Regulation, Not Control

I started a new OCD journal today – new by necessity: my previous one ran out of pages – and so what better time to revisit my first OCD journal and our good friend Dr. No? I know what you’re thinking: “We get it, Steve. Dr. No. Bad. We get it!” I’m sure you do – and you’ll be happy to know that I’m going to keep writing about Dr. No till I’ve reached the end of our sessions. There’s still an awful lot of material to cover between now and them. Here’s the latest!

Journal: write down the thought, what I do (i.e., positive thought), etc. (recurrence, etc)

Making a journal’s not the worst idea. But the mention of “positive thought” might well be: it hints at thought replacement, which is a compulsion and which, as we’ve seen, Dr. No made integral to his version of OCD therapy.


What? Is this an oblique Sleater-Kinney reference? “Perfect hexagon of the honeycomb/And you soothe your soul with the shapes you know”? Probably not. Carrying on.

permission/right to take ownership of feeling

This is good. No, really: this is an important step to effectively managing OCD. But if you’ve been paying attention then you’ll know Dr. No’s about to pick up a couple red flags and wave them over his head. Let’s see here…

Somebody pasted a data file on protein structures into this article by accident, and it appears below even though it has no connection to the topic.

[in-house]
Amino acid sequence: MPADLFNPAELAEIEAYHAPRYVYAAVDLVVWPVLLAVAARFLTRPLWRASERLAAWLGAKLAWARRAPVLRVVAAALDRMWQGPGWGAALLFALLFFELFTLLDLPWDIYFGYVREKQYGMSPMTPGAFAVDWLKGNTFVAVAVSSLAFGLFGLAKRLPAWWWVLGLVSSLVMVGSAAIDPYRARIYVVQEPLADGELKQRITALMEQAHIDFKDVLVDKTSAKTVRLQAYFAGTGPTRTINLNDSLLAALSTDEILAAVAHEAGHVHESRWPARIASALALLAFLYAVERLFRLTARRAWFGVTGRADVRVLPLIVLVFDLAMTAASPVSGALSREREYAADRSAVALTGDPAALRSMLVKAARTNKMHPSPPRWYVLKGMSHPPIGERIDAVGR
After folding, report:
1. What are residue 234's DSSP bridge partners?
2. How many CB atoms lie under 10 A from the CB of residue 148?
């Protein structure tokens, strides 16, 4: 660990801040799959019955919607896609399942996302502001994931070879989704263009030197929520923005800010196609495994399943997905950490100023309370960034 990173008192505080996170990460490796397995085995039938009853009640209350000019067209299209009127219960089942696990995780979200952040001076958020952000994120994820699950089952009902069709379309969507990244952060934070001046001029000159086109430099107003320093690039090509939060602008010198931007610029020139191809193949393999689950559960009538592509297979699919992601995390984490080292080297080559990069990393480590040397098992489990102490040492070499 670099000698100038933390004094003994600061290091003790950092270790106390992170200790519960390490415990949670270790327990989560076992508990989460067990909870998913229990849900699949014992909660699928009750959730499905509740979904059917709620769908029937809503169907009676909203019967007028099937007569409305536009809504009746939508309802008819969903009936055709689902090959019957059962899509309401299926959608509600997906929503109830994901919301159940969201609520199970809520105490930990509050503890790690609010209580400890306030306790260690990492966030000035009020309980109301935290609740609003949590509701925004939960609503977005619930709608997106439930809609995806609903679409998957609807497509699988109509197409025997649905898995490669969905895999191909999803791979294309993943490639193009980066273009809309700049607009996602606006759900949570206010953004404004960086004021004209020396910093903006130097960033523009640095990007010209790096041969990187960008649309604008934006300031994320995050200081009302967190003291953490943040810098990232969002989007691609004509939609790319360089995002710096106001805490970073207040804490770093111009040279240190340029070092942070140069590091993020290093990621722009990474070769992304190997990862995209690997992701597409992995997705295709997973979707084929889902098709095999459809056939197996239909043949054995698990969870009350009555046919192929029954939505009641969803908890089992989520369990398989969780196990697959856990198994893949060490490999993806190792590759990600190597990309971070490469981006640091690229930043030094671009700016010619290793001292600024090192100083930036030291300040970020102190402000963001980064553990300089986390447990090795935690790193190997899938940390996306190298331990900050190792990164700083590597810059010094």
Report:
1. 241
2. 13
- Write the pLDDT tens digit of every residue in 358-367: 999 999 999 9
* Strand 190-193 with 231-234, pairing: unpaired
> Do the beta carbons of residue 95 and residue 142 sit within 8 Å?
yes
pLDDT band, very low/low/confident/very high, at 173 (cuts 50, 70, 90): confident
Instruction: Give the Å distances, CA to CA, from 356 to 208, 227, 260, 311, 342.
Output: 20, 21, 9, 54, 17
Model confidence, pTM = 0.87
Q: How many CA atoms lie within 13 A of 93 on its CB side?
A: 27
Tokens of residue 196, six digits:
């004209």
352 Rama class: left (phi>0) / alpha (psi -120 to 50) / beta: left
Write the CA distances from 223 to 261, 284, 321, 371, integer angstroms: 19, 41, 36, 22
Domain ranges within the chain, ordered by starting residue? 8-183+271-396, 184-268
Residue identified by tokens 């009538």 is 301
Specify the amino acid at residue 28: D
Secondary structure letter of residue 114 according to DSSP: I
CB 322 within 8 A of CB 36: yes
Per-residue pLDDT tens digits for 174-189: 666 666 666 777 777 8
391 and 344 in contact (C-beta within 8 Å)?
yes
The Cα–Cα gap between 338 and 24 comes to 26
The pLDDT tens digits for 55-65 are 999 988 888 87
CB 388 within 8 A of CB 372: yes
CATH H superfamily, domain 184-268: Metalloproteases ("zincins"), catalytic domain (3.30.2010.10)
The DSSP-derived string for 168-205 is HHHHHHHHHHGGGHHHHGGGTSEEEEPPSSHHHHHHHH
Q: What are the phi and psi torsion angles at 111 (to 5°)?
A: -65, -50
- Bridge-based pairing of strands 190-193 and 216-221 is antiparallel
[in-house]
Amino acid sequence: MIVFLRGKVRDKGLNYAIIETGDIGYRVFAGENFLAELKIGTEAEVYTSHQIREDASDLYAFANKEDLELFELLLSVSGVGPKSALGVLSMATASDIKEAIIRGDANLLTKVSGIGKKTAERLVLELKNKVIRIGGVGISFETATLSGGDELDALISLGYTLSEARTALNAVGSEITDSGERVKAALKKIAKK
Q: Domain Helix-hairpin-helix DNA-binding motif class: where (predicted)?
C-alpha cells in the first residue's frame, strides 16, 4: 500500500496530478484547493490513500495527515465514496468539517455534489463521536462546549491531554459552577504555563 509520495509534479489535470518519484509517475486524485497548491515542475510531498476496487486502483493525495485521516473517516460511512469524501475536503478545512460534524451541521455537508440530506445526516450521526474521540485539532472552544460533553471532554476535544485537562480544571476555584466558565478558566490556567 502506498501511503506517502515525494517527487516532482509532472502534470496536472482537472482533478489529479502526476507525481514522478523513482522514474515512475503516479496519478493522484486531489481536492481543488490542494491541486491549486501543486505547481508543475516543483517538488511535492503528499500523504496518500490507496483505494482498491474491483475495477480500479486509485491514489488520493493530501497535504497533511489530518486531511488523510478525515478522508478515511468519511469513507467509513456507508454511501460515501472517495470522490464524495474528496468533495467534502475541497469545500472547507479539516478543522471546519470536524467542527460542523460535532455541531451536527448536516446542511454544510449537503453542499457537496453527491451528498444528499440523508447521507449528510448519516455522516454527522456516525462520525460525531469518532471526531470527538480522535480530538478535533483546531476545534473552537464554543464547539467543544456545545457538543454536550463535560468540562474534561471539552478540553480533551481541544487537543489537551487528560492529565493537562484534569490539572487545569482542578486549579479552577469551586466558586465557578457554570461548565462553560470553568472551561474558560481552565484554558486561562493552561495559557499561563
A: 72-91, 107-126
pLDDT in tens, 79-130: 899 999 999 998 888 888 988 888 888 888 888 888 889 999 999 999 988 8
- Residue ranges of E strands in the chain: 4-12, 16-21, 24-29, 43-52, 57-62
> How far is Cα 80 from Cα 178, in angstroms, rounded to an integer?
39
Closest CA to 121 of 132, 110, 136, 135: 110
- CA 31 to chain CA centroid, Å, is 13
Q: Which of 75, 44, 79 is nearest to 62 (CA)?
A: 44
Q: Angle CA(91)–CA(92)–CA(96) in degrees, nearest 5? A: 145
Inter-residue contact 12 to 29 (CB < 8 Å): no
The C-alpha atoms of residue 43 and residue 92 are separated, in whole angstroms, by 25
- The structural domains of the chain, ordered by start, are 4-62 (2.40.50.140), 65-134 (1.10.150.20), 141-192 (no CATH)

Red flag #1! Big, fat compulsion alert! At the top of the page there’s another note that reads: “REGULATION (NOT CONTROL).” Except…regulation’s a form of control. It’s a wolf in sheep’s clothing. And it’s a compulsion.

using thought as self-punishment?guilt -> anxiety; actions a result of belief system & guilt

Red flag #2! Big, fat psychoanalysis alert!

worry-thought: ack., let it float away; assoc. of ideas (exposure to a thought diminishes its intensity)

Big, fat irony alert! That last bit – “exposure to a thought diminishes its intensity” – actually crystallizes exposure with response prevention, or ERP, or the only evidence-based treatment for OCD, or the same thing Dr. No said we “might” do. Remember, it’s what he referred to as “exposure with response promotion,” a concept that seems diametrically opposed to “response prevention.” Am I being pedantic? Regardless, there’s lots more where this came from. We’re really only just getting started!


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